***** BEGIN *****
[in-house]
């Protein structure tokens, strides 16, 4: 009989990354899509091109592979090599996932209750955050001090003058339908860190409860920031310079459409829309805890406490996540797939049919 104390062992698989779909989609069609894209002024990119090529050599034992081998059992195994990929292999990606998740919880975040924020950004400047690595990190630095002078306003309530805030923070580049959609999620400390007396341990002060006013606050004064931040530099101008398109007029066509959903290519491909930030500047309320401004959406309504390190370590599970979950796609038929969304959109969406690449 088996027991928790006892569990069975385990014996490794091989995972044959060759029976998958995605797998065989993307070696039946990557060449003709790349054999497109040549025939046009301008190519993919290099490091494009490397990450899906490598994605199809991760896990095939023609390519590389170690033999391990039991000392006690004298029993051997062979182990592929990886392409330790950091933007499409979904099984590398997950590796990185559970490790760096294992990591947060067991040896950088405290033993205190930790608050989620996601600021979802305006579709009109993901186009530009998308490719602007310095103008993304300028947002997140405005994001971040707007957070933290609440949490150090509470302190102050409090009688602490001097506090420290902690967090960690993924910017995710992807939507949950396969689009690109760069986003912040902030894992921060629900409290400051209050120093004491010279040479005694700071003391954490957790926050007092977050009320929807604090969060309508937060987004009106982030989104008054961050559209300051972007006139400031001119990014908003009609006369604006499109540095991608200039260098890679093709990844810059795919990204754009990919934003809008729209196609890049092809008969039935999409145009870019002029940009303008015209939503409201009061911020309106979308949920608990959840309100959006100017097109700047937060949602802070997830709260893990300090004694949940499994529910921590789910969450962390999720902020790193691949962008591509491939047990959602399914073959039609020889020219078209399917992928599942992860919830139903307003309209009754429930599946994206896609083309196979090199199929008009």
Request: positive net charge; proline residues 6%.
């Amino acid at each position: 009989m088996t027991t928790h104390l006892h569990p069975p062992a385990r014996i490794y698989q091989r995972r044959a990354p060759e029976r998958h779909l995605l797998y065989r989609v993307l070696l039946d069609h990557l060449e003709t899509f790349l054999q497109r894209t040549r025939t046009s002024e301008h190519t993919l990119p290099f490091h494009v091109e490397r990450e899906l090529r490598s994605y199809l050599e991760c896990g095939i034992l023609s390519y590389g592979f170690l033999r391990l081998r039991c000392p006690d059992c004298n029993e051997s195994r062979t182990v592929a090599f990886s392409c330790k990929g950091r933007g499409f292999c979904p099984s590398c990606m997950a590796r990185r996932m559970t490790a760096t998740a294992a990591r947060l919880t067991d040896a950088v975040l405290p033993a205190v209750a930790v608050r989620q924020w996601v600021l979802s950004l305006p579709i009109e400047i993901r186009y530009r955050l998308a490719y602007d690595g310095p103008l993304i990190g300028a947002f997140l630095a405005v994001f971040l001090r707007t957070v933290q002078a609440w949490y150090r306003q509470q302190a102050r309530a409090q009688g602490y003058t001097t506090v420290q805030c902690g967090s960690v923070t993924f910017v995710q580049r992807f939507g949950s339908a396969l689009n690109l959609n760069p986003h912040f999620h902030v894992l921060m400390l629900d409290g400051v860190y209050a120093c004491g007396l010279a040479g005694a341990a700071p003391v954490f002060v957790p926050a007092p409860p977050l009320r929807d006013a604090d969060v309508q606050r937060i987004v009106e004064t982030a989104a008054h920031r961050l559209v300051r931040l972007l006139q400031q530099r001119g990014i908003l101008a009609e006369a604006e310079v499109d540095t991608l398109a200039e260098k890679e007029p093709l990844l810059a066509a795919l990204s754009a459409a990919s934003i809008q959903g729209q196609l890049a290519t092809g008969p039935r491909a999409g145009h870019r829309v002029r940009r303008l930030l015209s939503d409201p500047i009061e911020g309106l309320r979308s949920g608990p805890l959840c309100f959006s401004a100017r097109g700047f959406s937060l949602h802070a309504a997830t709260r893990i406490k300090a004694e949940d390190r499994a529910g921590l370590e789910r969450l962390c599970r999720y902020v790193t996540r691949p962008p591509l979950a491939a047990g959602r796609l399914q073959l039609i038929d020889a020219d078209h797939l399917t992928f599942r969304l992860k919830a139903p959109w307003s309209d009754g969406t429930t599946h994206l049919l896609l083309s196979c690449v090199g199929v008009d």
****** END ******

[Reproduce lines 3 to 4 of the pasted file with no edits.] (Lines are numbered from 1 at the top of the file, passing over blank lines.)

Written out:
Request: positive net charge; proline residues 6%.
């Amino acid at each position: 009989m088996t027991t928790h104390l006892h569990p069975p062992a385990r014996i490794y698989q091989r995972r044959a990354p060759e029976r998958h779909l995605l797998y065989r989609v993307l070696l039946d069609h990557l060449e003709t899509f790349l054999q497109r894209t040549r025939t046009s002024e301008h190519t993919l990119p290099f490091h494009v091109e490397r990450e899906l090529r490598s994605y199809l050599e991760c896990g095939i034992l023609s390519y590389g592979f170690l033999r391990l081998r039991c000392p006690d059992c004298n029993e051997s195994r062979t182990v592929a090599f990886s392409c330790k990929g950091r933007g499409f292999c979904p099984s590398c990606m997950a590796r990185r996932m559970t490790a760096t998740a294992a990591r947060l919880t067991d040896a950088v975040l405290p033993a205190v209750a930790v608050r989620q924020w996601v600021l979802s950004l305006p579709i009109e400047i993901r186009y530009r955050l998308a490719y602007d690595g310095p103008l993304i990190g300028a947002f997140l630095a405005v994001f971040l001090r707007t957070v933290q002078a609440w949490y150090r306003q509470q302190a102050r309530a409090q009688g602490y003058t001097t506090v420290q805030c902690g967090s960690v923070t993924f910017v995710q580049r992807f939507g949950s339908a396969l689009n690109l959609n760069p986003h912040f999620h902030v894992l921060m400390l629900d409290g400051v860190y209050a120093c004491g007396l010279a040479g005694a341990a700071p003391v954490f002060v957790p926050a007092p409860p977050l009320r929807d006013a604090d969060v309508q606050r937060i987004v009106e004064t982030a989104a008054h920031r961050l559209v300051r931040l972007l006139q400031q530099r001119g990014i908003l101008a009609e006369a604006e310079v499109d540095t991608l398109a200039e260098k890679e007029p093709l990844l810059a066509a795919l990204s754009a459409a990919s934003i809008q959903g729209q196609l890049a290519t092809g008969p039935r491909a999409g145009h870019r829309v002029r940009r303008l930030l015209s939503d409201p500047i009061e911020g309106l309320r979308s949920g608990p805890l959840c309100f959006s401004a100017r097109g700047f959406s937060l949602h802070a309504a997830t709260r893990i406490k300090a004694e949940d390190r499994a529910g921590l370590e789910r969450l962390c599970r999720y902020v790193t996540r691949p962008p591509l979950a491939a047990g959602r796609l399914q073959l039609i038929d020889a020219d078209h797939l399917t992928f599942r969304l992860k919830a139903p959109w307003s309209d009754g969406t429930t599946h994206l049919l896609l083309s196979c690449v090199g199929v008009d």